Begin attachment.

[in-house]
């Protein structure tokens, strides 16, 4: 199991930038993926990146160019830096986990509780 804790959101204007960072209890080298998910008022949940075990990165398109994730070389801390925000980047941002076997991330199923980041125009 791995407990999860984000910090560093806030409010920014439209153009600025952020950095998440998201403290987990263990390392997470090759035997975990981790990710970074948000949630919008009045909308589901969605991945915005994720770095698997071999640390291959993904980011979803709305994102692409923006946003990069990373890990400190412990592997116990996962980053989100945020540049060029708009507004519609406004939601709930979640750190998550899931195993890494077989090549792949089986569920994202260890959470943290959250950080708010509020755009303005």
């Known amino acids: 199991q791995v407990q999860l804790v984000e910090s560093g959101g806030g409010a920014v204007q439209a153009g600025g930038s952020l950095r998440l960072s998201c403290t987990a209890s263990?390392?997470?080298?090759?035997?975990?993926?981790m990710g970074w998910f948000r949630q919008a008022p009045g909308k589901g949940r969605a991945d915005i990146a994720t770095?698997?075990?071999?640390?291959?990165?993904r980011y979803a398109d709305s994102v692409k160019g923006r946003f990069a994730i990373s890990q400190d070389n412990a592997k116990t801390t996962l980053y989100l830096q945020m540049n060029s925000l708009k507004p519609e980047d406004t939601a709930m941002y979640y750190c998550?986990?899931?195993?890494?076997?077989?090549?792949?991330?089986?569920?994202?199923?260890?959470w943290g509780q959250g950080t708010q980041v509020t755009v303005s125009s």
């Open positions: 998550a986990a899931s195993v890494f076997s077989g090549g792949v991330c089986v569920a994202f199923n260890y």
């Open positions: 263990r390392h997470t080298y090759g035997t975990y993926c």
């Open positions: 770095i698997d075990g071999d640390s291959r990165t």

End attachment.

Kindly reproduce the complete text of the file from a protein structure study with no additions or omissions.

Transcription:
[in-house]
């Protein structure tokens, strides 16, 4: 199991930038993926990146160019830096986990509780 804790959101204007960072209890080298998910008022949940075990990165398109994730070389801390925000980047941002076997991330199923980041125009 791995407990999860984000910090560093806030409010920014439209153009600025952020950095998440998201403290987990263990390392997470090759035997975990981790990710970074948000949630919008009045909308589901969605991945915005994720770095698997071999640390291959993904980011979803709305994102692409923006946003990069990373890990400190412990592997116990996962980053989100945020540049060029708009507004519609406004939601709930979640750190998550899931195993890494077989090549792949089986569920994202260890959470943290959250950080708010509020755009303005």
């Known amino acids: 199991q791995v407990q999860l804790v984000e910090s560093g959101g806030g409010a920014v204007q439209a153009g600025g930038s952020l950095r998440l960072s998201c403290t987990a209890s263990?390392?997470?080298?090759?035997?975990?993926?981790m990710g970074w998910f948000r949630q919008a008022p009045g909308k589901g949940r969605a991945d915005i990146a994720t770095?698997?075990?071999?640390?291959?990165?993904r980011y979803a398109d709305s994102v692409k160019g923006r946003f990069a994730i990373s890990q400190d070389n412990a592997k116990t801390t996962l980053y989100l830096q945020m540049n060029s925000l708009k507004p519609e980047d406004t939601a709930m941002y979640y750190c998550?986990?899931?195993?890494?076997?077989?090549?792949?991330?089986?569920?994202?199923?260890?959470w943290g509780q959250g950080t708010q980041v509020t755009v303005s125009s």
């Open positions: 998550a986990a899931s195993v890494f076997s077989g090549g792949v991330c089986v569920a994202f199923n260890y």
């Open positions: 263990r390392h997470t080298y090759g035997t975990y993926c």
């Open positions: 770095i698997d075990g071999d640390s291959r990165t």